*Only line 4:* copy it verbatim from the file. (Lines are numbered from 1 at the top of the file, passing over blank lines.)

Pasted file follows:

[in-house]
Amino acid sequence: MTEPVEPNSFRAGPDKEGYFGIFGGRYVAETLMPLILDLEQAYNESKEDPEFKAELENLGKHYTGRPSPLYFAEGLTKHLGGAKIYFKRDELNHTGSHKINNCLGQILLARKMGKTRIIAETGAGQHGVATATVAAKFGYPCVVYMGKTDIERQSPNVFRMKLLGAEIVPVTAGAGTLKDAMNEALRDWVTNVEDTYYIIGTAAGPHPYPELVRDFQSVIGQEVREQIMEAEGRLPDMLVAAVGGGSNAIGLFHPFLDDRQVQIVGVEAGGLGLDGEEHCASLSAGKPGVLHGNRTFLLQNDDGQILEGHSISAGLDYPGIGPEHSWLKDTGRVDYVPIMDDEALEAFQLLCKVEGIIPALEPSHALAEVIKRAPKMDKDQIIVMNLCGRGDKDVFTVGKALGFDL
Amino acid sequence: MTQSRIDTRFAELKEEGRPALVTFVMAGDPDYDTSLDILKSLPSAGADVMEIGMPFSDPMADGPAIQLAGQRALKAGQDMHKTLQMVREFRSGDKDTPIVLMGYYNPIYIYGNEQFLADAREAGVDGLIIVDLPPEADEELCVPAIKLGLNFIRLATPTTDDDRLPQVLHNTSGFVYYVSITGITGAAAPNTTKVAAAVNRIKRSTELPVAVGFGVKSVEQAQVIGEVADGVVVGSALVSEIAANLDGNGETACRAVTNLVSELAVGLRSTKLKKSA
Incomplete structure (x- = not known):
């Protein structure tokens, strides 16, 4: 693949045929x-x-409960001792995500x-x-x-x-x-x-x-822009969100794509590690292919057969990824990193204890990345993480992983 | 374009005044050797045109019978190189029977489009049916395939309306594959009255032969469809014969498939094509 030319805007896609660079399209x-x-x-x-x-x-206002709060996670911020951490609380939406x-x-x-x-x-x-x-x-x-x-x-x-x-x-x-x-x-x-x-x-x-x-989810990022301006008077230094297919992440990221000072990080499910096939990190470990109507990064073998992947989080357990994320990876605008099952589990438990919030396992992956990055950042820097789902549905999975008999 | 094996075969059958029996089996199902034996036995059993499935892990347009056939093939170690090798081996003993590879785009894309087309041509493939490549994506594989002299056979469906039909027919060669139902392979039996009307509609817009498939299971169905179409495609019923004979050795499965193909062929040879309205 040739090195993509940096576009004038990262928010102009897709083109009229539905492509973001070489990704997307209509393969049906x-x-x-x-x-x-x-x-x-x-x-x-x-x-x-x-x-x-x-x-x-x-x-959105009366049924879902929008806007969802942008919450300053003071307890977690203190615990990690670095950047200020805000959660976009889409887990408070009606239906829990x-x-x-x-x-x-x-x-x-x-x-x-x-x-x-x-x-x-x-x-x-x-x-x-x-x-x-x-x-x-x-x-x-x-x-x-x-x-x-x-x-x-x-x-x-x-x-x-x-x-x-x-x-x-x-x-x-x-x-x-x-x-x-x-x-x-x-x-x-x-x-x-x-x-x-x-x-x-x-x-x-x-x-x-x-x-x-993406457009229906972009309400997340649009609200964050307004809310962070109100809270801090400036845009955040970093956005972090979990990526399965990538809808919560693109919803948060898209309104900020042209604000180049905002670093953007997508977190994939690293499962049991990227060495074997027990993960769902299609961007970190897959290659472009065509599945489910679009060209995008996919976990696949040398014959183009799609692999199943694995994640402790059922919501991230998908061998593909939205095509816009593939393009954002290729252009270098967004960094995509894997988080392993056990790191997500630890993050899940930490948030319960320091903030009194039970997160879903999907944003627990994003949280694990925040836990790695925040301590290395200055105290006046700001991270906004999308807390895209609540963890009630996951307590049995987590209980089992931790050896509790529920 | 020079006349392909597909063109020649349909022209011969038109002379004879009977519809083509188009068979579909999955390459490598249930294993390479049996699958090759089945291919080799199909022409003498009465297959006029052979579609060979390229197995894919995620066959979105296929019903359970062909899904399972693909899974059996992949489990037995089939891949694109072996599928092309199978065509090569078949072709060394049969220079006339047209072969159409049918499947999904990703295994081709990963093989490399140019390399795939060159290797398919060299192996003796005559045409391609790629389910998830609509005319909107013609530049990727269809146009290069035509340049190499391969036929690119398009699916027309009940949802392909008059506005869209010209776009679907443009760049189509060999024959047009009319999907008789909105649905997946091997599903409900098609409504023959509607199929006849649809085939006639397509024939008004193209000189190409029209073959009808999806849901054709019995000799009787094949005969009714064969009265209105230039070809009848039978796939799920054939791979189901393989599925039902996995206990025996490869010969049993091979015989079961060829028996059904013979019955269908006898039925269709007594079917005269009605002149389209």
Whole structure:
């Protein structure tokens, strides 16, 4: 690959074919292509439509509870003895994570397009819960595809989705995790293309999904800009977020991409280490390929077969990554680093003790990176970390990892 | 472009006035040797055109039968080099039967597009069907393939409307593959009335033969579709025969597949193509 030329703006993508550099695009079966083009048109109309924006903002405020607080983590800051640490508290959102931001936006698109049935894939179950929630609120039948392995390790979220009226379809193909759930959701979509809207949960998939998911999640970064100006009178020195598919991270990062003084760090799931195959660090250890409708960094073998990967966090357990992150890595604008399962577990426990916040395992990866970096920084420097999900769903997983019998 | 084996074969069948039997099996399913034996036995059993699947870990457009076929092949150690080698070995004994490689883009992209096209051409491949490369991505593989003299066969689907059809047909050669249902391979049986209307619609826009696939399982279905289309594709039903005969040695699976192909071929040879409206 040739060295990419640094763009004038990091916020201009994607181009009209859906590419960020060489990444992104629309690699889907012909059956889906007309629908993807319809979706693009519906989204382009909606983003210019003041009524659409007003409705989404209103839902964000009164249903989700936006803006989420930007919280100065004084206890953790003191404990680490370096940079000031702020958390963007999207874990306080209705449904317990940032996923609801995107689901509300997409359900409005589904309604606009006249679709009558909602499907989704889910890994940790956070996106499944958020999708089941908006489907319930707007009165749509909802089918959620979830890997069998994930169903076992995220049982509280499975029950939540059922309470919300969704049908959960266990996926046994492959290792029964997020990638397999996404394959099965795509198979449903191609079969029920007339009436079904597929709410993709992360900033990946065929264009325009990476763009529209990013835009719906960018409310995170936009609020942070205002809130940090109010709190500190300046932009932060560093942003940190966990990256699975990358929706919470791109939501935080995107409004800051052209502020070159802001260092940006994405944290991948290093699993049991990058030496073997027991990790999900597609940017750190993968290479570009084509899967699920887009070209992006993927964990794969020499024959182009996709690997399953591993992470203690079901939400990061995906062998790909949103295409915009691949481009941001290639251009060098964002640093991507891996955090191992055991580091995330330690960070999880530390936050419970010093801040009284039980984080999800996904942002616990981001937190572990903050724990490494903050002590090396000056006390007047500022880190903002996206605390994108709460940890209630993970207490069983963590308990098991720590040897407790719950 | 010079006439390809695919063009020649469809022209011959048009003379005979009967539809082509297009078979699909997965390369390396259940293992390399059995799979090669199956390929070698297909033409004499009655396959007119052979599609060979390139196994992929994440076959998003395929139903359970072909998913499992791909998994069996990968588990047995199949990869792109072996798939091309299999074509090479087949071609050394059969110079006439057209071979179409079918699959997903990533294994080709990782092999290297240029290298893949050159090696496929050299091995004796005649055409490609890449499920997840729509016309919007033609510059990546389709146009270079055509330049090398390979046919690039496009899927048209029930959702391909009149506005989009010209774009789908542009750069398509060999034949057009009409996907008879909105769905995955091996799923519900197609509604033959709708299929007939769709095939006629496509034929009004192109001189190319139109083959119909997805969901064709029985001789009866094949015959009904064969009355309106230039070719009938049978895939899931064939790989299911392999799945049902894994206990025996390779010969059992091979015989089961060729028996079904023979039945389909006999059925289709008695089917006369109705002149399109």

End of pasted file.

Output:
Incomplete structure (x- = not known):